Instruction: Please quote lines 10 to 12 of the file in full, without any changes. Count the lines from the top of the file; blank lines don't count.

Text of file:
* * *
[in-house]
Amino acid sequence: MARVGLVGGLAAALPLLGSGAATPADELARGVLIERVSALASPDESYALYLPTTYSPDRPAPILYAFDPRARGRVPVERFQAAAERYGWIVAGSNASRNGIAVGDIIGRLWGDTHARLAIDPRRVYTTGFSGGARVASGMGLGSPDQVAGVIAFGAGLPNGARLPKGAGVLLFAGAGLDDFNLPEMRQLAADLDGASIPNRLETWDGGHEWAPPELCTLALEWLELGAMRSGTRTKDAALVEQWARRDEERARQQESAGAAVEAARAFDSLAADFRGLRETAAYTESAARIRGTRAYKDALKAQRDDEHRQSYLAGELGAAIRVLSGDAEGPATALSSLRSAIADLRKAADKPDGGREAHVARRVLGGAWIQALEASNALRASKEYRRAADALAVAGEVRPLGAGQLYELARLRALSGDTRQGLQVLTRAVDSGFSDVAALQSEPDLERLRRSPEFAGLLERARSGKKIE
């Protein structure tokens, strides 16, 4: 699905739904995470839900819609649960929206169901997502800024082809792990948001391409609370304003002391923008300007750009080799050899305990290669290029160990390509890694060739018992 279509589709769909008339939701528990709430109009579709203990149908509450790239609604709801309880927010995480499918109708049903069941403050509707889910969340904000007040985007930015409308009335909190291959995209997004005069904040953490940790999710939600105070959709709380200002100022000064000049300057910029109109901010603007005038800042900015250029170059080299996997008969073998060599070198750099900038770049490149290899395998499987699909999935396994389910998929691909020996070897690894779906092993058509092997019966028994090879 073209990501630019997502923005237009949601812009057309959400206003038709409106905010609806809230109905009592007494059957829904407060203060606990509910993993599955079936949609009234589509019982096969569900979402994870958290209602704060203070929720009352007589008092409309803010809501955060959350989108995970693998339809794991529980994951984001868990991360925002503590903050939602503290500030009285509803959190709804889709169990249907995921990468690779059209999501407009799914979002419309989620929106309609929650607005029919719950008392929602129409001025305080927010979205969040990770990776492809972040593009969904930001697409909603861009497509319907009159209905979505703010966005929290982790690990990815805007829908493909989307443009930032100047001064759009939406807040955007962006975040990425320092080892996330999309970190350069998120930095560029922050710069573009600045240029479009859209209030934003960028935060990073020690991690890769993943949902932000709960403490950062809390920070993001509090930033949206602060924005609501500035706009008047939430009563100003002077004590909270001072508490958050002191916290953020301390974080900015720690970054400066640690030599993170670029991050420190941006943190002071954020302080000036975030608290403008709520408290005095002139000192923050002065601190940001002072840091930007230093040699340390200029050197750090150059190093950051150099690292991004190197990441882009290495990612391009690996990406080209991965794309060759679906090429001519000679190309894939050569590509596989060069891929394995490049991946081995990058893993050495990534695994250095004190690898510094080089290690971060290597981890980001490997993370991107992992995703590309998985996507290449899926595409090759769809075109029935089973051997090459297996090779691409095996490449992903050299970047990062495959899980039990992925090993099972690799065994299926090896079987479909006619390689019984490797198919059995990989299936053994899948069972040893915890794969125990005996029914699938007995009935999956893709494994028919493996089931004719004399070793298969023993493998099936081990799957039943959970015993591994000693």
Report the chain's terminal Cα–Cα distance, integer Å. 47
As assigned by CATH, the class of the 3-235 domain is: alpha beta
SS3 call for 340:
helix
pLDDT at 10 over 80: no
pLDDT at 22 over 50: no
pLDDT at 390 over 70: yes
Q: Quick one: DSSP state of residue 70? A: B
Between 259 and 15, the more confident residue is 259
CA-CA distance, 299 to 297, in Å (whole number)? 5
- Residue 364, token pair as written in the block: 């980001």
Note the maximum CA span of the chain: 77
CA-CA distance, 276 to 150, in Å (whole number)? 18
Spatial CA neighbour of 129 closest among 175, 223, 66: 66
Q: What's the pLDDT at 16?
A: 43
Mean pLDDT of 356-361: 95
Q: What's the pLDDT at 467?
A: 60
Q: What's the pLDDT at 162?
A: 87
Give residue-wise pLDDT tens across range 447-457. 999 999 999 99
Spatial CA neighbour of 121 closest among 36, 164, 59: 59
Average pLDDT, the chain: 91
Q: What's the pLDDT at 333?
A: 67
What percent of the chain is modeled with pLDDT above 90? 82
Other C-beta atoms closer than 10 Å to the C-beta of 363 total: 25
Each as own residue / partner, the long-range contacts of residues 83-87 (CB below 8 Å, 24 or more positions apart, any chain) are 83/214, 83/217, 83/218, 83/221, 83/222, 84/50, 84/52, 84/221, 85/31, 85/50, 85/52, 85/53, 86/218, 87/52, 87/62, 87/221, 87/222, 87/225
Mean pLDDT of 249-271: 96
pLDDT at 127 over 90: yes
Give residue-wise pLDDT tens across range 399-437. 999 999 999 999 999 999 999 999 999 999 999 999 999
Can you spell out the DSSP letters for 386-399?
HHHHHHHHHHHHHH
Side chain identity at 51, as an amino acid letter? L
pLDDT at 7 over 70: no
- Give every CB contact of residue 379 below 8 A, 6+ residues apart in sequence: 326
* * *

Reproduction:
pLDDT at 390 over 70: yes
Q: Quick one: DSSP state of residue 70? A: B
Between 259 and 15, the more confident residue is 259